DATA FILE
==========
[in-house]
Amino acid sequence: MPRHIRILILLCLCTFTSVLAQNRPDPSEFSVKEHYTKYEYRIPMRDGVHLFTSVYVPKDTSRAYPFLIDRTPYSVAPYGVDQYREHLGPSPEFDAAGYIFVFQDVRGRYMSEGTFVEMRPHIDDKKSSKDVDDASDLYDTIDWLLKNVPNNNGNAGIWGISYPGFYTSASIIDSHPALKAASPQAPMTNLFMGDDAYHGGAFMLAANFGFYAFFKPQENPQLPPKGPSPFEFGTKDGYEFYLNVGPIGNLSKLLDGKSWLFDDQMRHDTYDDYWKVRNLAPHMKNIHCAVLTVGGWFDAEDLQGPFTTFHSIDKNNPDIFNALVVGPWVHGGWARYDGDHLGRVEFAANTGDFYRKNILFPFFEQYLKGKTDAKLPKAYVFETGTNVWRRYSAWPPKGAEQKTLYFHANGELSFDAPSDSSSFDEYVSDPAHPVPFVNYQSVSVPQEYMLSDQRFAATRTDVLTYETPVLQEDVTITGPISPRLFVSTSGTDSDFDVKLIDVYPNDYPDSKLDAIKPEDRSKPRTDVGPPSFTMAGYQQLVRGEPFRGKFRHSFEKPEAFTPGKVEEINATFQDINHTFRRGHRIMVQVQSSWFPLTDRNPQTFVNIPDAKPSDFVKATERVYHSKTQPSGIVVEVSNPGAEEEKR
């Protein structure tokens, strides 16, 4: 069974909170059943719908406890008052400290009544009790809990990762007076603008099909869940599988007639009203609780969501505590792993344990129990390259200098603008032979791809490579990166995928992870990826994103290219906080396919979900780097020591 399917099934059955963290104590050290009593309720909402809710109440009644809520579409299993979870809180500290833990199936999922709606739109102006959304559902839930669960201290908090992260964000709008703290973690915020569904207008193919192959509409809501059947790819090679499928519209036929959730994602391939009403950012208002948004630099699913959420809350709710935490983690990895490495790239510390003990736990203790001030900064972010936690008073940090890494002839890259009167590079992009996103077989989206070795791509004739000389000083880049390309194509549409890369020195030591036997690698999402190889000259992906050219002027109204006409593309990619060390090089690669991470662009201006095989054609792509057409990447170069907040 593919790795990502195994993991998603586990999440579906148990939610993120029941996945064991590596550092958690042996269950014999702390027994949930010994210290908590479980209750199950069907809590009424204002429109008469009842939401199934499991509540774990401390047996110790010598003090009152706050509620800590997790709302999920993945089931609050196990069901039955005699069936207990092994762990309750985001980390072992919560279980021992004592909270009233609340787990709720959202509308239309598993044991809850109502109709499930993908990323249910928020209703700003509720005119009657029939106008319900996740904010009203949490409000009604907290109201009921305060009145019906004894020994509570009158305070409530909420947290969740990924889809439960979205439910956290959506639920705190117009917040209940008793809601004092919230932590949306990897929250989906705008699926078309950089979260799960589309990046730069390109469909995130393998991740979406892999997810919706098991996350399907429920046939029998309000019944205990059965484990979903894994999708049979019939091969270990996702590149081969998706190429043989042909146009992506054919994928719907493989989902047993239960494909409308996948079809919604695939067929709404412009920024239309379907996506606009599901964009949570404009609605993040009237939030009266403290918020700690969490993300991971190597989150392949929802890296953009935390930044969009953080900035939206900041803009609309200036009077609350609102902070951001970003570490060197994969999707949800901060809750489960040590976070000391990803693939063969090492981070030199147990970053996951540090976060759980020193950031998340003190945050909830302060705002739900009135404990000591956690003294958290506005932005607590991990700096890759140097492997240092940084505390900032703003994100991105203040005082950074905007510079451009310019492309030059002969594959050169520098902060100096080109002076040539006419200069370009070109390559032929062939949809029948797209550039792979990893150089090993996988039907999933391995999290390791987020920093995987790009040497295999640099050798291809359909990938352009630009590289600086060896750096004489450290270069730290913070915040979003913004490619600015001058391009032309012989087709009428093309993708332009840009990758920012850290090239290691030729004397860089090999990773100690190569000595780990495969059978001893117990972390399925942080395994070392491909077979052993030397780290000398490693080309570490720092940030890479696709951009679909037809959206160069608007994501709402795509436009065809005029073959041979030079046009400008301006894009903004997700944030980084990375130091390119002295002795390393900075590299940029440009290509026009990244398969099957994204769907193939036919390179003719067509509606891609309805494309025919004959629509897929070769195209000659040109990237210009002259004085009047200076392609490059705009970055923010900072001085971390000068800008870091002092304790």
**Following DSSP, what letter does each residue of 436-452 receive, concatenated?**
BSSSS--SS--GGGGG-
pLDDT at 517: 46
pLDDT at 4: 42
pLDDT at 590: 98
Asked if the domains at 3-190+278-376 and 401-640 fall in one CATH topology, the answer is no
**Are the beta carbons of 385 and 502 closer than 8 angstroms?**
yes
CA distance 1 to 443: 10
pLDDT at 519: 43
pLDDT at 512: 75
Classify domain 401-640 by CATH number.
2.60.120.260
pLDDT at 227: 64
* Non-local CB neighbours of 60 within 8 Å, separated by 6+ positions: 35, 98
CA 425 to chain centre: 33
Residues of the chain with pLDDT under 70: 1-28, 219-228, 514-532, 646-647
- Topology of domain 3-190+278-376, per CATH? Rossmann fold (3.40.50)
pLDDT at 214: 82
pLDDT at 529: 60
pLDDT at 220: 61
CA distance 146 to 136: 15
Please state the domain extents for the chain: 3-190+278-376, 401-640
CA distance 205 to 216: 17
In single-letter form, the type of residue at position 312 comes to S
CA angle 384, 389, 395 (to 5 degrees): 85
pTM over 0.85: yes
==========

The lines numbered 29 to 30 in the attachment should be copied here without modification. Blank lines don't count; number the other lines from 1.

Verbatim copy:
CA angle 384, 389, 395 (to 5 degrees): 85
pTM over 0.85: yes